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    4,180
    BTC exists forever in network.
    Bought in 2010 with 10k USD now shall be rich.
     

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  17. Seattle Valued Senior Member

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    6,958
    If you did you would so I'm guessing you didn't.
     
  18. Sarkus Hippomonstrosesquippedalo phobe Valued Senior Member

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    Anything that reduces the supply in circulation puts upward pressure on the price. BTC that are in lost wallets are lost forever. Of the max 21 million BTC that will ever be in circulation, it is thought that up to 20% might be lost in this way.
    But bear in mind that BTC that are lost have no different impact to the price than BTC that are stored safely away forever. The upward pressure comes from them not being circulated / usable. The downward pressure comes when they are subsequently sold (i.e. back in circulation). So all the Hodlers that are sitting on a store of BTC are similarly putting upward pressure on the value.
     
  19. Sarkus Hippomonstrosesquippedalo phobe Valued Senior Member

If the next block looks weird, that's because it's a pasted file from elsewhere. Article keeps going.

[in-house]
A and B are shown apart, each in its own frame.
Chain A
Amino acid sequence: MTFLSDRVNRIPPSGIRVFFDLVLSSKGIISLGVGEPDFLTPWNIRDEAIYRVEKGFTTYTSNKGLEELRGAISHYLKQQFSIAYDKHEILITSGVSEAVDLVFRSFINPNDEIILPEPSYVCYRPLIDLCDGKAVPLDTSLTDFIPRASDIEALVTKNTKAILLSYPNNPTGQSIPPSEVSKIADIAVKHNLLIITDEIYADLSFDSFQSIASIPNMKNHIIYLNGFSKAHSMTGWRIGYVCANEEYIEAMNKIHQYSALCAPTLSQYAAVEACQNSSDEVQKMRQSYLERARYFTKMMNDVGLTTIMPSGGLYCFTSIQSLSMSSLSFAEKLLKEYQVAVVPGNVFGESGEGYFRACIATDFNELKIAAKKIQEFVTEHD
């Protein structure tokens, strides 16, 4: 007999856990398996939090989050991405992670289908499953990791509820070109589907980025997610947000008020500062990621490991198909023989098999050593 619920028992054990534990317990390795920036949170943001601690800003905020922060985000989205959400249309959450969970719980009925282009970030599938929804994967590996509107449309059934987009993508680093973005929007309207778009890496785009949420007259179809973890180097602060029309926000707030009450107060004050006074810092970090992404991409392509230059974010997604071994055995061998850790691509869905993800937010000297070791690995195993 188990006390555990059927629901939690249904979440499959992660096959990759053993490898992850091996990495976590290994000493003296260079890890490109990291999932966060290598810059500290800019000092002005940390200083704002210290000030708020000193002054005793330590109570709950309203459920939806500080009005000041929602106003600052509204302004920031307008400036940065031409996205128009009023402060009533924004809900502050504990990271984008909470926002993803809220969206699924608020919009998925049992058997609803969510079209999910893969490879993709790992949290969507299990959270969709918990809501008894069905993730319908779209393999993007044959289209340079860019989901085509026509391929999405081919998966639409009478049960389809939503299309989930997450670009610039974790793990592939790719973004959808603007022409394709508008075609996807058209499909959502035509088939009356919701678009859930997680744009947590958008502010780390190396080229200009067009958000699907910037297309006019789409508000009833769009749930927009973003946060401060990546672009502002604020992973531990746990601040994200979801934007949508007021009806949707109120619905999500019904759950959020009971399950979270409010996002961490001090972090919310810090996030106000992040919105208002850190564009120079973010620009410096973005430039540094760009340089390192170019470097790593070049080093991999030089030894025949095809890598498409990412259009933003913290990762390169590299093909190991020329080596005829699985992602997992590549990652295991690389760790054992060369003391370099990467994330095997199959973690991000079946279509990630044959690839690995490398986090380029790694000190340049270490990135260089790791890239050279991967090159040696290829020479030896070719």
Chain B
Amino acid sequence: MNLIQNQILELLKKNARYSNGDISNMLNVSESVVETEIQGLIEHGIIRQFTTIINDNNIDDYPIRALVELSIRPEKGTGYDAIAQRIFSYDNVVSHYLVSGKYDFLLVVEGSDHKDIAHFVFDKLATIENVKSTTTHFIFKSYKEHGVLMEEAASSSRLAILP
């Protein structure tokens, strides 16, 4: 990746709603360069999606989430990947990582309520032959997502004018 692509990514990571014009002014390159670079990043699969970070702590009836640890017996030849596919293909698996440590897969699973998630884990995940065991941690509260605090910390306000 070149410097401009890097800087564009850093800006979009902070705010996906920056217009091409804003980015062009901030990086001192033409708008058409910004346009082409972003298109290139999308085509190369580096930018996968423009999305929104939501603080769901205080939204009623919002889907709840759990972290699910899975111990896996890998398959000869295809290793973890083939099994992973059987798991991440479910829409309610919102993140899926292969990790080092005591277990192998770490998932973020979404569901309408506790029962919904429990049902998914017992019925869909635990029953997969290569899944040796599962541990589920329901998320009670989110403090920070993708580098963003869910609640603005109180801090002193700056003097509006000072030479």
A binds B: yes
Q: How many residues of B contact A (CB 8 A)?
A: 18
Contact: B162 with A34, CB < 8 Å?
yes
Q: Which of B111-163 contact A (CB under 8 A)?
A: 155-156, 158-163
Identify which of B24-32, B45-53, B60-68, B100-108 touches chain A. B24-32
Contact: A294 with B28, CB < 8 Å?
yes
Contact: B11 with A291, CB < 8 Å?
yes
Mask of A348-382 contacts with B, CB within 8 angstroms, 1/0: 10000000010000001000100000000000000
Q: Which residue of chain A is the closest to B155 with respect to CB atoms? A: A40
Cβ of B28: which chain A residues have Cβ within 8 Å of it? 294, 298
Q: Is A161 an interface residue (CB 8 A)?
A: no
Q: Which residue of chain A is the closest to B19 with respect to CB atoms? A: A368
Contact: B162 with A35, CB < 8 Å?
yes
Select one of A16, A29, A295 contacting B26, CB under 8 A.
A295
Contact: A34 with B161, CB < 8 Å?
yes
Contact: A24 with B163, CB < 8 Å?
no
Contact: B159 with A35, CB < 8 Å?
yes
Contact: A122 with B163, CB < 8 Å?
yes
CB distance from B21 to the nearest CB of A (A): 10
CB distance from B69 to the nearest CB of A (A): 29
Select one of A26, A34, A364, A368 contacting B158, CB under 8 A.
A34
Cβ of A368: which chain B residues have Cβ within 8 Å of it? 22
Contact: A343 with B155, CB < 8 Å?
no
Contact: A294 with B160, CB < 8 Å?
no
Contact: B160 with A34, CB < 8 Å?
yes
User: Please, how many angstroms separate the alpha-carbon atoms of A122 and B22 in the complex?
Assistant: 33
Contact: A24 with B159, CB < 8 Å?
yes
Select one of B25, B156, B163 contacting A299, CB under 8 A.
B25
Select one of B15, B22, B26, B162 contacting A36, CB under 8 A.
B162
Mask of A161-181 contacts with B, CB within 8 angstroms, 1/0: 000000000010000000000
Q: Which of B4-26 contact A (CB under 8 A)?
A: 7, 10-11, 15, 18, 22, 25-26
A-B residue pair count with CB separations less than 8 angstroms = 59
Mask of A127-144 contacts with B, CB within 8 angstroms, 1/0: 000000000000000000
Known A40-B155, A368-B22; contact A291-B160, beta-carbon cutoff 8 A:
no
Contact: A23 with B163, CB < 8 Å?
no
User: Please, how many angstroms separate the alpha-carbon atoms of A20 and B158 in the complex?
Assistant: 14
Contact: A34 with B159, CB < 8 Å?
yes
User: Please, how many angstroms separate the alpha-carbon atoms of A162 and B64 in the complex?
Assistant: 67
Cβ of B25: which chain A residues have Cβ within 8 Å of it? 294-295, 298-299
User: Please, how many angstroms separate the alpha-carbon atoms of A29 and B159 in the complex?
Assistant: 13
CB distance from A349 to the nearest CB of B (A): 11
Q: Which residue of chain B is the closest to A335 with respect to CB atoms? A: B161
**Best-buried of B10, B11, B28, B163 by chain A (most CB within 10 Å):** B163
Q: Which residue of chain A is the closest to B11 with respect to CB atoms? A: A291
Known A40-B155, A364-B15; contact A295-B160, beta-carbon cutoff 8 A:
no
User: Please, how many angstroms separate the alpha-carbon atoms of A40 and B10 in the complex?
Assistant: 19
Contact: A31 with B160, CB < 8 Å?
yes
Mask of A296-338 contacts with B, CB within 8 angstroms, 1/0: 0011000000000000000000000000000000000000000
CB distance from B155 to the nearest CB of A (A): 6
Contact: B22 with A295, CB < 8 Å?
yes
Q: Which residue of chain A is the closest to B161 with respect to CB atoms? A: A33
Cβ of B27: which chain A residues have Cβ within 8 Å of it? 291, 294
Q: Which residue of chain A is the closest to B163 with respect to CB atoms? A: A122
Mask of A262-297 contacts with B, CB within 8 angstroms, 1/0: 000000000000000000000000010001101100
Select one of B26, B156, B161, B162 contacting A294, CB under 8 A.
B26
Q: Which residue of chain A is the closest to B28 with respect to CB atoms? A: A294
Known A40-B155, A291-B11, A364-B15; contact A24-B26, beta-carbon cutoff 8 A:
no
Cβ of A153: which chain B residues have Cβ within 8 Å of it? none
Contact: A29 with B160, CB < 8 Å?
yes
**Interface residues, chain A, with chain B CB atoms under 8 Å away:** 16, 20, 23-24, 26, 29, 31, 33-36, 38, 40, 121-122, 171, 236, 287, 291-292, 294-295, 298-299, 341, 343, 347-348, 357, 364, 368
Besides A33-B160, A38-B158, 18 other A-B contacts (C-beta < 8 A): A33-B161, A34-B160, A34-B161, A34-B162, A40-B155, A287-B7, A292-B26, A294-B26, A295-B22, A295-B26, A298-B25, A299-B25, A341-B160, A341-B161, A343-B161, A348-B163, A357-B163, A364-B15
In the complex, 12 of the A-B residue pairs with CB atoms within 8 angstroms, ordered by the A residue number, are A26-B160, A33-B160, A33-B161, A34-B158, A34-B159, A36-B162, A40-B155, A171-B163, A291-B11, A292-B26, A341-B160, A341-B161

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    Yes. It's simple maths: if you bought USD10k of Bitcoin in 2010 when it was worth around USD0.10 then you would have 10,000 BTC. It is currently worth USD50k, so you would have USD500,000,000 worth of Bitcoin.

    But then it is purely hypothetical, as (I'm assuming) you didn't, and you don't. At least if you had said "If I play the lottery I could win the jackpot and be rich" you would be saying something that is at least possible for everyone (eligible to play the lottery).
     
  20. Michael 345 New year. PRESENT is 71 years old Valued Senior Member

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    Seems a small number considering world population. Even taking out all those for whatever reason will never impact Bitcoin will be a large number remaining